Saturday 18 November 2017

Television: No need for cold feet about revival of zeitgeist drama

Manchester re-united: Adam (James Nesbitt) hooks up with Pete (John Thomson)
Manchester re-united: Adam (James Nesbitt) hooks up with Pete (John Thomson)

John Boland

Ever wondered what happened to the Cold Feet gang? Me neither. Like This Life before it, Cold Feet was a zeigeist series, and when that particular zeitgeist ended the trials and tribulations of its Mancunian 30-somethings suddenly seemed very old hat.

The defining moment of this romcom drama, which ran from 1997 to 2003, was of Adam (James Nesbitt) proposing to Rachel (Helen Baxendale) while standing naked in the street with a carnation protruding from his bum. How we laughed then and how cringe-making it seems now.

That was 13 years ago, though, and there are no naked bums (thank you) in the new Cold Feet (UTV Ireland), with the characters now all heading towards 50 - well, all except Rachel, whose sudden death in a car crash had brought the original series to a memorably dramatic close.

But if you'd thought you'd had enough of cheeky-chappie Adam, posh David, working-class Pete and their fluctuating sexual relationships, do you know what, this reboot isn't half bad - Mike Bullen's script is still sharp and witty and the actors slip into their old roles with easy familiarity.

Adam is now the parent of a troubled teenage schoolboy (a lovely performance from Cel Spellman) and is about to marry Angela, who's much younger and richer, her father being a Singapore billionaire. David has remarried, though his new wife plainly doesn't like him and he doesn't much like her, either. And Pete, hit by the recession, is juggling two menial jobs.

There was some good comedy in this week's opening episode and there was enough drama to hold your interest for at least another instalment, though whether it will attract the same loyal fanbase as the original remains to be seen.

So can we now expect a reboot of Bachelor's Walk, which was RTÉ's answer to Cold Feet way back when? Well, it might be better than some of the cack-handed attempts at drama that have recently been foisted on us by the Montrose mandarins.

The week's other big drama offering was the return of Poldark (BBC1), in which our dashing, smouldering hero (Aidan Turner) seemed destined for the noose, or at least a lengthy spell in some rat-infested jail. But not before he got his kit off. Last season's Poldark was famous for its scene of topless scything, and here we had topless mining, with every muscle of Ross's splendid torso rippling. Jeepers, I fancy him myself.

I also have the hots for the flame-haired Demelza (Eleanor Tomlinson), who'll do anything to rescue her beloved from doom, even demean herself by chatting up languid landowner Penvenen, played by John Nettles of Bergerac fame (forget Midsomer Murders, that was rubbish).

Whether or not Penvenen turns out to be a dastardly villain remains to be seen, though there are enough of them already to keep your hissing talents up to scratch - not least the loathsome George Warleggan, played with gleeful relish by Jack Farthing.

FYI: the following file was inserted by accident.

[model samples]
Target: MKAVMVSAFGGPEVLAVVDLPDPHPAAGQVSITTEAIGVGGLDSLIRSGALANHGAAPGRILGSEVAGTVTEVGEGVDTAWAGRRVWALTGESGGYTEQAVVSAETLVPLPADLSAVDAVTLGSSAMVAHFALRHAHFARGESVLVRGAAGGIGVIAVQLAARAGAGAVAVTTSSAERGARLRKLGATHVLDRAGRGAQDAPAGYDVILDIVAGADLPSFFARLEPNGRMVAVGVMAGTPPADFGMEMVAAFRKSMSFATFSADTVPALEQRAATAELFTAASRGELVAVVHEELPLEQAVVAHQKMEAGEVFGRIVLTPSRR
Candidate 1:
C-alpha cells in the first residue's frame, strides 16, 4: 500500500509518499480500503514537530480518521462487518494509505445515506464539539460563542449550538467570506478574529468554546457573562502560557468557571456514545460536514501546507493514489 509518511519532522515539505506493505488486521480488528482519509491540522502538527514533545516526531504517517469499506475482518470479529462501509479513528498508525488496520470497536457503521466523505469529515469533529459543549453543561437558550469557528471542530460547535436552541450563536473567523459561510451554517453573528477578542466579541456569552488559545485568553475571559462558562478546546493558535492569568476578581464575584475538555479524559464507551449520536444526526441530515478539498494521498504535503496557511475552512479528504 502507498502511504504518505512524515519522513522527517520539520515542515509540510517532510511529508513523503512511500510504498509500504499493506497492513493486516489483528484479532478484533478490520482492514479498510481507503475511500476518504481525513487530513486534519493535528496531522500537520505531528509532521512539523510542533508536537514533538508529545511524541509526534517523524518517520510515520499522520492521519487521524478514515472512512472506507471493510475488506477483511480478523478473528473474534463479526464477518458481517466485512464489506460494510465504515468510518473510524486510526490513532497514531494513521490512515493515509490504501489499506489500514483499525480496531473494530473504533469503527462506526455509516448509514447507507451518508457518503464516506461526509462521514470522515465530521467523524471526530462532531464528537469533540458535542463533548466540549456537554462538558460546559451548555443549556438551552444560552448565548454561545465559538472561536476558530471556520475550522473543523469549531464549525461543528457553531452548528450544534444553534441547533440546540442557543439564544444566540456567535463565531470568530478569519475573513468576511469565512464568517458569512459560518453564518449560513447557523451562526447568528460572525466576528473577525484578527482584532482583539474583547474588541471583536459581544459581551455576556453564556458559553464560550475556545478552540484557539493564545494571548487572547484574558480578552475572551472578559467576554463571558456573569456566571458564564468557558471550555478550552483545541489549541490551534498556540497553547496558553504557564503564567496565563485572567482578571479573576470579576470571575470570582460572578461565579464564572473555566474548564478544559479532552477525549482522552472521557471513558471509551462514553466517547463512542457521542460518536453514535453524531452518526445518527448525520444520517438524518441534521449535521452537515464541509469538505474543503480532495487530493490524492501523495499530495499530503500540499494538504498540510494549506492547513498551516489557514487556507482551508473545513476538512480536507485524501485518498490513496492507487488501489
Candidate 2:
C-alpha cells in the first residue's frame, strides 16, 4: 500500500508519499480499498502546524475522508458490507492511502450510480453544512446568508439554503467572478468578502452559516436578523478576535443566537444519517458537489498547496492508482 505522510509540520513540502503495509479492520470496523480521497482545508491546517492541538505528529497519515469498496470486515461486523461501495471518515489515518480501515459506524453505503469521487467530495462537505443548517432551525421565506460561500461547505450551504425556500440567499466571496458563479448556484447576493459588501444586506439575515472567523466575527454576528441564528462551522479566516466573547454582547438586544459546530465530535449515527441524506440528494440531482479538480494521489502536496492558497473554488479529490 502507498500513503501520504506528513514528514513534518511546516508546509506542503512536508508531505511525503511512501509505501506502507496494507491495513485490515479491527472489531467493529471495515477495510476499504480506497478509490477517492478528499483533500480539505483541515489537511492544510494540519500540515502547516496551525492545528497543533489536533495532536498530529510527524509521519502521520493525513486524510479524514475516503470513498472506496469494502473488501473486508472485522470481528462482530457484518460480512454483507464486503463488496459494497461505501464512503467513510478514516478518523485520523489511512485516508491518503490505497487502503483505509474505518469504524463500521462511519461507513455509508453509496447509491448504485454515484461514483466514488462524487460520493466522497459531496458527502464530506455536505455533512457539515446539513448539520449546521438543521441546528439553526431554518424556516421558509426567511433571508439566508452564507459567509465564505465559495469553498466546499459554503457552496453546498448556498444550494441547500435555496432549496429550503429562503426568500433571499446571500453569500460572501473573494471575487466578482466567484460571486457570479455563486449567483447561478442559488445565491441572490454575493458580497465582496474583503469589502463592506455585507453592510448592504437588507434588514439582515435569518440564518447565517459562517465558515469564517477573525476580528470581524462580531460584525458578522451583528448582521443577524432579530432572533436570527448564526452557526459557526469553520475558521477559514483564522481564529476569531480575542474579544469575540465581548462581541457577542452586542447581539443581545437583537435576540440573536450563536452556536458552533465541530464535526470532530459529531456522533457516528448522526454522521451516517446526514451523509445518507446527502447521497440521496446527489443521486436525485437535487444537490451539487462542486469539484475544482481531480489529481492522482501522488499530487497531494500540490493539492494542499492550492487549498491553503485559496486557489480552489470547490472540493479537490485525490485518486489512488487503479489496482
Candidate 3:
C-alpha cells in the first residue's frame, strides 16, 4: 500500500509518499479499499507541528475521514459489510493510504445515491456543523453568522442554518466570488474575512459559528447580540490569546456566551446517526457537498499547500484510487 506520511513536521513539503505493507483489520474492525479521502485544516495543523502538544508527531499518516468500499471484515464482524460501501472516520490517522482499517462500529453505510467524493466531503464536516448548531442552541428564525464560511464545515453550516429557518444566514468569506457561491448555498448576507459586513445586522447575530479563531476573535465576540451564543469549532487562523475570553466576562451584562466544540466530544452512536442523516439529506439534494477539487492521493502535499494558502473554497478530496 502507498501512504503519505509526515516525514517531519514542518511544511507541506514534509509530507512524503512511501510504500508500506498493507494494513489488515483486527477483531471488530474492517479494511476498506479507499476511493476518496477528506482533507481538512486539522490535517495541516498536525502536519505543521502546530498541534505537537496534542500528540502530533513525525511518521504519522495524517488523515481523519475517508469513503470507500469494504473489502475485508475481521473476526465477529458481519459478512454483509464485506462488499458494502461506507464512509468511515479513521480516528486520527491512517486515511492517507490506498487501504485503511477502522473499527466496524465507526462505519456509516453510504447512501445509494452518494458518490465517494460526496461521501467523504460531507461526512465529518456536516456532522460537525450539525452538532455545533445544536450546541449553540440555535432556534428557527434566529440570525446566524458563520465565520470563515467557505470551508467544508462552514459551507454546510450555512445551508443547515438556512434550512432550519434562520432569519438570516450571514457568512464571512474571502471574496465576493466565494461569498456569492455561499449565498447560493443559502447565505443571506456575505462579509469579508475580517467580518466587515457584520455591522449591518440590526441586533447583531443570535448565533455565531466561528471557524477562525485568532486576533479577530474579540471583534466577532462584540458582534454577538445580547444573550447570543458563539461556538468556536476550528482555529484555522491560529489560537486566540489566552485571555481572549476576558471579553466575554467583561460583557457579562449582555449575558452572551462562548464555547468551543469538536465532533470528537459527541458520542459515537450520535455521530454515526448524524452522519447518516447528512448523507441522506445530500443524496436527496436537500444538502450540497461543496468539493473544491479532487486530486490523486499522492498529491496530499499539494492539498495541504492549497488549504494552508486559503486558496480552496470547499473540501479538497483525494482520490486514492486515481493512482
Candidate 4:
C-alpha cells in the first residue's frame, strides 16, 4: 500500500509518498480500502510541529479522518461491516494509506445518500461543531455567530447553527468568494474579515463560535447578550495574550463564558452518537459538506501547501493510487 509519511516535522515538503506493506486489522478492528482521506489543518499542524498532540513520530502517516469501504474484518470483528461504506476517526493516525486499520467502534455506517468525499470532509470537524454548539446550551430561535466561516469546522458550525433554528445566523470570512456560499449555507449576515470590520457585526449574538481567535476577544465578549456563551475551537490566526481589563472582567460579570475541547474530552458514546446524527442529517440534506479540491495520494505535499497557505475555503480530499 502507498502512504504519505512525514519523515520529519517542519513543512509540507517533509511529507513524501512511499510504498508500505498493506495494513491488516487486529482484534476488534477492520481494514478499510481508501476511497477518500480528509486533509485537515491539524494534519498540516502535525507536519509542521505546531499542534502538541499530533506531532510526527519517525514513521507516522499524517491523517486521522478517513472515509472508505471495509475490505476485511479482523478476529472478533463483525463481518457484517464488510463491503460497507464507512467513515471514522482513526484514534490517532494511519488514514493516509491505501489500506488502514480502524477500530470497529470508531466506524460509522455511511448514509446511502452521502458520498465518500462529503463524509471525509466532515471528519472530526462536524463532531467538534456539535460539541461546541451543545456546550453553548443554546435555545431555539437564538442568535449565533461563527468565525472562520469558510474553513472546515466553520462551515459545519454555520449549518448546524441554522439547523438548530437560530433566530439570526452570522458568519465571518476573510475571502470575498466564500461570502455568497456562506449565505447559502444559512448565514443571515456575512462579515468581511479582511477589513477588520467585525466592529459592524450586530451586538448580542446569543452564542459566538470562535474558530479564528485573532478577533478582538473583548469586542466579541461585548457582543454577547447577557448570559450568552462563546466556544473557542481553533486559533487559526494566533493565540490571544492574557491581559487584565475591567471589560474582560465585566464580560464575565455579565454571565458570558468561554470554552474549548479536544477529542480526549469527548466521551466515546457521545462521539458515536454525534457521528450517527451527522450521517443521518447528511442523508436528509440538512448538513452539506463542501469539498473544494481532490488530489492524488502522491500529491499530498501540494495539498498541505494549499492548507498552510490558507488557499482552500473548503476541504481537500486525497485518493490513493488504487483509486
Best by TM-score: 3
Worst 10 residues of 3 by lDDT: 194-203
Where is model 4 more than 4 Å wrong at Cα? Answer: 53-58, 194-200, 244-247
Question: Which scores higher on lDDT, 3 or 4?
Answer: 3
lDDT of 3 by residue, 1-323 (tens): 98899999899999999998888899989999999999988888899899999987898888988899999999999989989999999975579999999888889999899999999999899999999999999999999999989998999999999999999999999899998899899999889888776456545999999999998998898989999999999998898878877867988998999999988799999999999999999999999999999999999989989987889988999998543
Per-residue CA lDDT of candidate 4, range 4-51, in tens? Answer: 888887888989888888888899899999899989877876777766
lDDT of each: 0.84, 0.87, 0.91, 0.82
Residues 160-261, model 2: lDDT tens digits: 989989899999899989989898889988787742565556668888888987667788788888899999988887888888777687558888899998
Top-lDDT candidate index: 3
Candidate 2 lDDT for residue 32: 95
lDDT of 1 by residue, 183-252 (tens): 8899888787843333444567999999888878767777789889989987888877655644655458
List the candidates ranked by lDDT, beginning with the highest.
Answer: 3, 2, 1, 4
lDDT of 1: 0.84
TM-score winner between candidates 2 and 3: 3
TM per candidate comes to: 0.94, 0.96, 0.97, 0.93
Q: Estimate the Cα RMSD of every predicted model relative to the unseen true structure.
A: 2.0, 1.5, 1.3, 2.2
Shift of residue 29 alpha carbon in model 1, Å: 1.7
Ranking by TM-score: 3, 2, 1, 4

Then there's drippy Elizabeth, who clearly still has a thing for Ross, and her pathetically weak husband Francis, who by the end of last Sunday night's opening episode was making an irreversible exit from his woes. Poor old Francis.

Did I mention that it's all tremendous fun, that the Cornish landscapes are sensational and that I'll be glued to tomorrow night's second episode?

Segueing from the saintly if stubborn Ross Poldark to the saintly if stubborn Peter McVerry may be a bit of a stretch, though the hour-long Peter McVerry: A View from the Basement (RTÉ1) focused as much on the man as on his tireless and mostly thankless role as "voice for the vulnerable and advocate for the abandoned".

We learned of the Jesuit's middle-class upbringing in Newry, his boarding-school days at Clongowes (where he captained the cricket team) and his Jesuit training before becoming a teacher at Belvedere College and getting involved with a young club that introduced him to inner-city deprivation.

We also met some of the people he has helped, including Paddy Fay, whom he had first encountered sleeping rough as a nine-year-old and who, decades later, still declares: "He's the only person I have in the world. When he dies, what am I going to do?"

And we heard, too, from community activists with whom the Jesuit has had contact over the years. His own philosophy is that "we can't judge anybody", though he laments that the advent of hard drugs "changed everything" as families were "wiped out and community spirit broke down".

Kim Bartley's commendable profile stopped short of sanctifying the man, leaving the viewer to marvel at what was being told - while also wondering how he has kept faith with a task that would seem impossibly unattainable to the rest of us.

In the second episode of Keeping Ireland Alive: The Health Service in a Day (RTÉ1), there were more stories from the frontline, this week involving a man with motor neurone disease, a woman with severe burns, a man who had become paralysed, and a woman donating a kidney to her brother.

The stories were all engrossing (though I couldn't watch the surgical scenes) and the medics who were interviewed were caringly professional, but I still got little sense of the inadequacies in the system.

Motherland (BBC2) was a comedy pilot scripted by Graham and Helen Linehan, Sharon Horgan and Holly Walsh, and it was so savagely good about the trials and tribulations of thirty-something parents that it merits a series. Meanwhile, the same channel's Fleabag continues to be brilliant.

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